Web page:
Just a few random observations. I may take down a more thorough list in the future, but for now, this will do.

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4 Responses to Oh, for a Thimbleful of the Warm, Warm South (Station, that is)

  1. Pingback: Hao Hao Report

  2. Jay says:

    Great picture youve painted. Entertaining

    I hate those aholes behind the ticket counters in Chinas train stations. They are the worlds worst ambassadors. I once paid $300 for tickets to Beijing and missed the train because i was directed to the wrong platform. When i tried to exchange my tickets for another train the b@!$:h behind the counter literally flung the tickets back at me and waved me away as the crowd shoved me aside. I have no desire to return to China.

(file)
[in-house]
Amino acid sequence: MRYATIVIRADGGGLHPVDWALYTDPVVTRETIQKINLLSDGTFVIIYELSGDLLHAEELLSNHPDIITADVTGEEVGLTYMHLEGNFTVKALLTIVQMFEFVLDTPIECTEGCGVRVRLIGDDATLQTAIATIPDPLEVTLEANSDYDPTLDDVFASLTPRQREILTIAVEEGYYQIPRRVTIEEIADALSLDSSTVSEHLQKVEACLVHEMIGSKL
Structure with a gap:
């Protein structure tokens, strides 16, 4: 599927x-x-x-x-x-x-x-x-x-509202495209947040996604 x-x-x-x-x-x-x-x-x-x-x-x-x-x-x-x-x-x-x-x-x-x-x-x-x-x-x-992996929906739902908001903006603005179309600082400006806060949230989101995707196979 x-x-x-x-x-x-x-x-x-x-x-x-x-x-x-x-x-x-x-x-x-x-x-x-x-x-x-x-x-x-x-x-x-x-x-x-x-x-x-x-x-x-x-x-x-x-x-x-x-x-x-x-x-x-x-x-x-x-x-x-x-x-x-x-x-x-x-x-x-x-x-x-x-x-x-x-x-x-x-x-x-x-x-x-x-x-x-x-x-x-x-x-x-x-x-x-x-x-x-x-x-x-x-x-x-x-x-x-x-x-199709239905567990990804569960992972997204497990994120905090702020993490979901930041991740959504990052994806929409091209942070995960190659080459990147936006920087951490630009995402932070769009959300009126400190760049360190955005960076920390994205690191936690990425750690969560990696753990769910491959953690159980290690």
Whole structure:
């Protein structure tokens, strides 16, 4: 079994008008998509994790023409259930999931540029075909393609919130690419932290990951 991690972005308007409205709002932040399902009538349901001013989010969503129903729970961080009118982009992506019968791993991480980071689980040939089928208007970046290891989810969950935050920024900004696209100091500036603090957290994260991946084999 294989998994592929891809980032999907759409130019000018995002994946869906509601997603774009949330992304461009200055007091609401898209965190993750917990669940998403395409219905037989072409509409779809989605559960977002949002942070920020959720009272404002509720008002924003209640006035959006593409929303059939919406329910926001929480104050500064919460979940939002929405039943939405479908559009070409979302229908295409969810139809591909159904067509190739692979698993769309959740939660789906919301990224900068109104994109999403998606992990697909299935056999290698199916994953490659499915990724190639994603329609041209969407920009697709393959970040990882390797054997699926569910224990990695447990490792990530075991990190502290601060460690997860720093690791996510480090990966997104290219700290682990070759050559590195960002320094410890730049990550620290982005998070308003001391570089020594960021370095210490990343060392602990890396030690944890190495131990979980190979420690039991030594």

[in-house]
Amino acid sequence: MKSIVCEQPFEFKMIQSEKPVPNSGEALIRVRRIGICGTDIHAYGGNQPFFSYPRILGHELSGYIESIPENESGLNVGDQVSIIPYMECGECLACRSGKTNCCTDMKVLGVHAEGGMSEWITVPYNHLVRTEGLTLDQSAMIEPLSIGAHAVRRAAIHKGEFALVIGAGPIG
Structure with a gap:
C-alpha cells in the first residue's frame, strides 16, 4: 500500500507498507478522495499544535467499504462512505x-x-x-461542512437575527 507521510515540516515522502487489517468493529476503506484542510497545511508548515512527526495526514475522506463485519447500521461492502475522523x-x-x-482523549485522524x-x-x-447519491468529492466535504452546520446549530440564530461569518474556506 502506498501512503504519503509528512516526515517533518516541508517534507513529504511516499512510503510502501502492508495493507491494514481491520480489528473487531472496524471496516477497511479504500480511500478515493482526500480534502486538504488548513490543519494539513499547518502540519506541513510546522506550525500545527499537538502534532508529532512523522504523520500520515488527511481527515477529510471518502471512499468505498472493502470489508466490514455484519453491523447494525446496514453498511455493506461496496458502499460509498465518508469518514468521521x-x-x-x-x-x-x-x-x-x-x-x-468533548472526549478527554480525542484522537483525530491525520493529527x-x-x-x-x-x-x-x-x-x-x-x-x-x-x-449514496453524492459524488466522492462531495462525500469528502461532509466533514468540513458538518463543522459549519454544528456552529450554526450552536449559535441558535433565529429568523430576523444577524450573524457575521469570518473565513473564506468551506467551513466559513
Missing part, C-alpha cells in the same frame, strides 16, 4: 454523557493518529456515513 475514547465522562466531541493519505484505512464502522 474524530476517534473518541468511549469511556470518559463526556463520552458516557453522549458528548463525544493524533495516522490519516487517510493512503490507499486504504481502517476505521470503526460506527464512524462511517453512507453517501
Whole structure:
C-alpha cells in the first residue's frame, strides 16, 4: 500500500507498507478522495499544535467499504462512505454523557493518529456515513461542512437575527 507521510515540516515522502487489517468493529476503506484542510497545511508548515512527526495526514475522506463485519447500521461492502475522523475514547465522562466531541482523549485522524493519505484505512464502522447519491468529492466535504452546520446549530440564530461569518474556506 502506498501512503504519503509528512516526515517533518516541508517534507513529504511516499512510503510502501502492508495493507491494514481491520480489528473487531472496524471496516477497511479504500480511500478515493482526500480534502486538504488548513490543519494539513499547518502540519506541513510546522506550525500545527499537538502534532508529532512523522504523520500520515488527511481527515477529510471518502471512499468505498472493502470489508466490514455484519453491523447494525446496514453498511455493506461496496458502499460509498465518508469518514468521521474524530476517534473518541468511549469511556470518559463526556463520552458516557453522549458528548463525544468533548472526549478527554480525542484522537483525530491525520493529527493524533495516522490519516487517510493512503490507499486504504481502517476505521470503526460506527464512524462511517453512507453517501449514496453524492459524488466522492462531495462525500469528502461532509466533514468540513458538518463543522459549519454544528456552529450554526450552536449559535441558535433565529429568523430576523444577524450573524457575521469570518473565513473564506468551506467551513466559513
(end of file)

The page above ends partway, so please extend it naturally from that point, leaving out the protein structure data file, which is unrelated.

3. Ben says:

    You forgot to mention that the South station actually has 3.5 McDonalds: one restaurant on the second story of the upper floor, one McCafe on the upper floor that only serves ice cream, coffee and pastries, one restaurant in the basement, and one McCafe that also serves food near the taxi stand in the basement.